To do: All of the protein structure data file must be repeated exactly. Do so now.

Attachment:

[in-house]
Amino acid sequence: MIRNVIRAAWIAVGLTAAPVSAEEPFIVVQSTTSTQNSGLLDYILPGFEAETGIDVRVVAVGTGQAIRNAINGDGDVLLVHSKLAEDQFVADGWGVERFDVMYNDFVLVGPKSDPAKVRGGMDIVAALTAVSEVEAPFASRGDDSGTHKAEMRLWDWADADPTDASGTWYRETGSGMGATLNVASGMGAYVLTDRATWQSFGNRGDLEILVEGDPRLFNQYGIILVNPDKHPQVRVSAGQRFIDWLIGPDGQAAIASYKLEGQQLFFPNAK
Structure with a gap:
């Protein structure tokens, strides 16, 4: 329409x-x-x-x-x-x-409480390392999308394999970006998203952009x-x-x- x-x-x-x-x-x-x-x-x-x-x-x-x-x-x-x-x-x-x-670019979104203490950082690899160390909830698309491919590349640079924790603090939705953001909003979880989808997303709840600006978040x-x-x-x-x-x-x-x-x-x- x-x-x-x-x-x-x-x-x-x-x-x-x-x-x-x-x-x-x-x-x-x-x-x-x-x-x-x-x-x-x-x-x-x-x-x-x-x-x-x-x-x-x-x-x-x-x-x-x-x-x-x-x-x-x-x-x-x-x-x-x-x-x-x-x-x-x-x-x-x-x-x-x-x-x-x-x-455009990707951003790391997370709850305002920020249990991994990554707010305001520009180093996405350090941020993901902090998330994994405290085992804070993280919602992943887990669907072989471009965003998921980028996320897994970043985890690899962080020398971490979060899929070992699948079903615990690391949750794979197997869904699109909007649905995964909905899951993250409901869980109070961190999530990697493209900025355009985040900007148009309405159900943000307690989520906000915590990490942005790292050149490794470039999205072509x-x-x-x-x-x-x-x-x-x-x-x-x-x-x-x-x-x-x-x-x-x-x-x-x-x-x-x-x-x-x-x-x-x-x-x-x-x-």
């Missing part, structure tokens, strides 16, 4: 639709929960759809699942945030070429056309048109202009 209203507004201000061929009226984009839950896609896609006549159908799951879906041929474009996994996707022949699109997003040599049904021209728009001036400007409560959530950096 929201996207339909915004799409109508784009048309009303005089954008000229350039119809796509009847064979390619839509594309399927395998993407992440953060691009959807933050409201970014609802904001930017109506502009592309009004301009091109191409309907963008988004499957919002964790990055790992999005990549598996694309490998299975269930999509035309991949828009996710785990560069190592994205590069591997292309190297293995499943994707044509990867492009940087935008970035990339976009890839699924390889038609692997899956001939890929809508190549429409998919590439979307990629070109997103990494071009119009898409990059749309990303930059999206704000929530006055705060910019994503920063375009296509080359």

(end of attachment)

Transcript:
[in-house]
Amino acid sequence: MIRNVIRAAWIAVGLTAAPVSAEEPFIVVQSTTSTQNSGLLDYILPGFEAETGIDVRVVAVGTGQAIRNAINGDGDVLLVHSKLAEDQFVADGWGVERFDVMYNDFVLVGPKSDPAKVRGGMDIVAALTAVSEVEAPFASRGDDSGTHKAEMRLWDWADADPTDASGTWYRETGSGMGATLNVASGMGAYVLTDRATWQSFGNRGDLEILVEGDPRLFNQYGIILVNPDKHPQVRVSAGQRFIDWLIGPDGQAAIASYKLEGQQLFFPNAK
Structure with a gap:
């Protein structure tokens, strides 16, 4: 329409x-x-x-x-x-x-409480390392999308394999970006998203952009x-x-x- x-x-x-x-x-x-x-x-x-x-x-x-x-x-x-x-x-x-x-670019979104203490950082690899160390909830698309491919590349640079924790603090939705953001909003979880989808997303709840600006978040x-x-x-x-x-x-x-x-x-x- x-x-x-x-x-x-x-x-x-x-x-x-x-x-x-x-x-x-x-x-x-x-x-x-x-x-x-x-x-x-x-x-x-x-x-x-x-x-x-x-x-x-x-x-x-x-x-x-x-x-x-x-x-x-x-x-x-x-x-x-x-x-x-x-x-x-x-x-x-x-x-x-x-x-x-x-x-455009990707951003790391997370709850305002920020249990991994990554707010305001520009180093996405350090941020993901902090998330994994405290085992804070993280919602992943887990669907072989471009965003998921980028996320897994970043985890690899962080020398971490979060899929070992699948079903615990690391949750794979197997869904699109909007649905995964909905899951993250409901869980109070961190999530990697493209900025355009985040900007148009309405159900943000307690989520906000915590990490942005790292050149490794470039999205072509x-x-x-x-x-x-x-x-x-x-x-x-x-x-x-x-x-x-x-x-x-x-x-x-x-x-x-x-x-x-x-x-x-x-x-x-x-x-």
């Missing part, structure tokens, strides 16, 4: 639709929960759809699942945030070429056309048109202009 209203507004201000061929009226984009839950896609896609006549159908799951879906041929474009996994996707022949699109997003040599049904021209728009001036400007409560959530950096 929201996207339909915004799409109508784009048309009303005089954008000229350039119809796509009847064979390619839509594309399927395998993407992440953060691009959807933050409201970014609802904001930017109506502009592309009004301009091109191409309907963008988004499957919002964790990055790992999005990549598996694309490998299975269930999509035309991949828009996710785990560069190592994205590069591997292309190297293995499943994707044509990867492009940087935008970035990339976009890839699924390889038609692997899956001939890929809508190549429409998919590439979307990629070109997103990494071009119009898409990059749309990303930059999206704000929530006055705060910019994503920063375009296509080359």